For those of us over the age of 25, we remember a time when carrying cash was a requirement for everyday purchases since many businesses did not accept credit cards. People who used plastic often saved it for big purchases or when they needed a little extra time to come up with the money.
In the last decade, however, consumer behavior has shifted towards the use of credit (and now debit) cards for everyday small purchases. It is not uncommon at all to see people at Starbucks or the grocery store use a credit card for receipts under $10. As more and more locations begin taking credit and debit cards, fewer people are walking around with cash in their pockets.
Because of this shift towards electronic payments, a few creative entrepreneurs have developed new methods in which merchants and individuals can accept payments right from their smartphones. One of the more popular devices is called Square Up, which was developed by the co-founder of Twitter, Jack Dorsey.
Square is unique in the payment-processing world because it is very simple to use and comes with no contract or additional costs besides a modest transaction fee. Currently, for swiped cards the fee is 2.75% of the total transaction amount.
When signing up for Square, an individual or merchant is sent a small device that plugs into the headphone jack of either their iPhone or Android-based mobile phone. A companion app, which can be downloaded for free on either device, works with the swiper to process the payment. If the card will not or cannot be swiped, the app can accept keyed in cards, at an additional cost.
Besides the obvious applications for small businesses, Square is also a pioneer in individual-to-individual digital payments. Since you do not need to have a business in order to sign up for Square, almost anyone (with good credit) can accept credit and debit card payments from someone else. While this is not exactly mainstream at the moment, it surely is a glimpse into the direction we are heading with digital payments.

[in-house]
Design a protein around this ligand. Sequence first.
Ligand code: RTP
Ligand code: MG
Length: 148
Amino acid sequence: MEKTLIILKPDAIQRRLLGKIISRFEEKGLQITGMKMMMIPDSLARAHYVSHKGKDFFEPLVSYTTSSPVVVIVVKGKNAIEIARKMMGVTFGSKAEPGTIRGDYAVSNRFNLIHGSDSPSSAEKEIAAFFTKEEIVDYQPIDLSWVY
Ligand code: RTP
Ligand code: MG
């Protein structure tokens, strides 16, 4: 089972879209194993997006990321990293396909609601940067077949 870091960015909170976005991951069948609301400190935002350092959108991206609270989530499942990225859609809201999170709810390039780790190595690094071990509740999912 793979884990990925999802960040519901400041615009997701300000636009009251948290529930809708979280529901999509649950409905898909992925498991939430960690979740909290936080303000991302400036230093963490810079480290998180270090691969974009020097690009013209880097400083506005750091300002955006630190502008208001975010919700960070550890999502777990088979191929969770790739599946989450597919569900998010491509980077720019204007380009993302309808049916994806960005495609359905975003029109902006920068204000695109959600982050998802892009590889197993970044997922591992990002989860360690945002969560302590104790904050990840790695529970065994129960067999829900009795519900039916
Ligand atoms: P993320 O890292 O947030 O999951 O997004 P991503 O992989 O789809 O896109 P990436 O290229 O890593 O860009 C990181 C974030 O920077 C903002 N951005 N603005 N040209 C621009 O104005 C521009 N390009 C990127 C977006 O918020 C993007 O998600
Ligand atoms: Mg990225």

On the flip side, Google has partnered with Citibank to create Google Wallet. This new co-branded product will turn specific Android-based smartphones into mobile payment methods. The phones have a Near Field Communication (NFC) device embedded in the body, which is linked to a Citibank credit card account. When consumers are at participating merchants that accept NFC payments, they will simply be able to swipe their phone in front of the receiver and be on their way.
There is no question that payment processing has been moving quickly over the last few years and will continue to change as smart phone technology advances. It will not be long when a traditional wallet is obsolete and people can carry their entire history with them in their phones. The only problem will be finding a new spot to carry a spare key.
Eric Stauffer is part of a merchant services consulting firm called Card Payment Options, which specializes in assisting small and medium-sized businesses at selecting reputable and affordable credit card processing companies.